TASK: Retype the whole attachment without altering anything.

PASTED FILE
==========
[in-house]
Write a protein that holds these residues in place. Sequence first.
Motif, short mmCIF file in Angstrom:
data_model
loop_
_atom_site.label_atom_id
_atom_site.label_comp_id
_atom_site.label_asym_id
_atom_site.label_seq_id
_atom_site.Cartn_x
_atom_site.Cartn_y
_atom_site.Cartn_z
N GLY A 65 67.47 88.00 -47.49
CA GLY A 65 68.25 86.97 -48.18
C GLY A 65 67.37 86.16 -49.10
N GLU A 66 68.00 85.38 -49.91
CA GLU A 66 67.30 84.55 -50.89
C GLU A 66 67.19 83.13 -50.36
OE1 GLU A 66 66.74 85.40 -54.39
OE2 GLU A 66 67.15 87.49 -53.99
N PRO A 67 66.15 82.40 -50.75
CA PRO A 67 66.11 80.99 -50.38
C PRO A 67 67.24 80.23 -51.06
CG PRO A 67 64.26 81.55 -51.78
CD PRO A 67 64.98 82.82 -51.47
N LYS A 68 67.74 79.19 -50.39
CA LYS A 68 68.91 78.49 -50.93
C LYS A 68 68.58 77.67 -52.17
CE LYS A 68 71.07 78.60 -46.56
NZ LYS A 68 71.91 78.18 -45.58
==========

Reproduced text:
[in-house]
Write a protein that holds these residues in place. Sequence first.
Motif, short mmCIF file in Angstrom:
data_model
loop_
_atom_site.label_atom_id
_atom_site.label_comp_id
_atom_site.label_asym_id
_atom_site.label_seq_id
_atom_site.Cartn_x
_atom_site.Cartn_y
_atom_site.Cartn_z
N GLY A 65 67.47 88.00 -47.49
CA GLY A 65 68.25 86.97 -48.18
C GLY A 65 67.37 86.16 -49.10
N GLU A 66 68.00 85.38 -49.91
CA GLU A 66 67.30 84.55 -50.89
C GLU A 66 67.19 83.13 -50.36
OE1 GLU A 66 66.74 85.40 -54.39
OE2 GLU A 66 67.15 87.49 -53.99
N PRO A 67 66.15 82.40 -50.75
CA PRO A 67 66.11 80.99 -50.38
C PRO A 67 67.24 80.23 -51.06
CG PRO A 67 64.26 81.55 -51.78
CD PRO A 67 64.98 82.82 -51.47
N LYS A 68 67.74 79.19 -50.39
CA LYS A 68 68.91 78.49 -50.93
C LYS A 68 68.58 77.67 -52.17
CE LYS A 68 71.07 78.60 -46.56
NZ LYS A 68 71.91 78.18 -45.58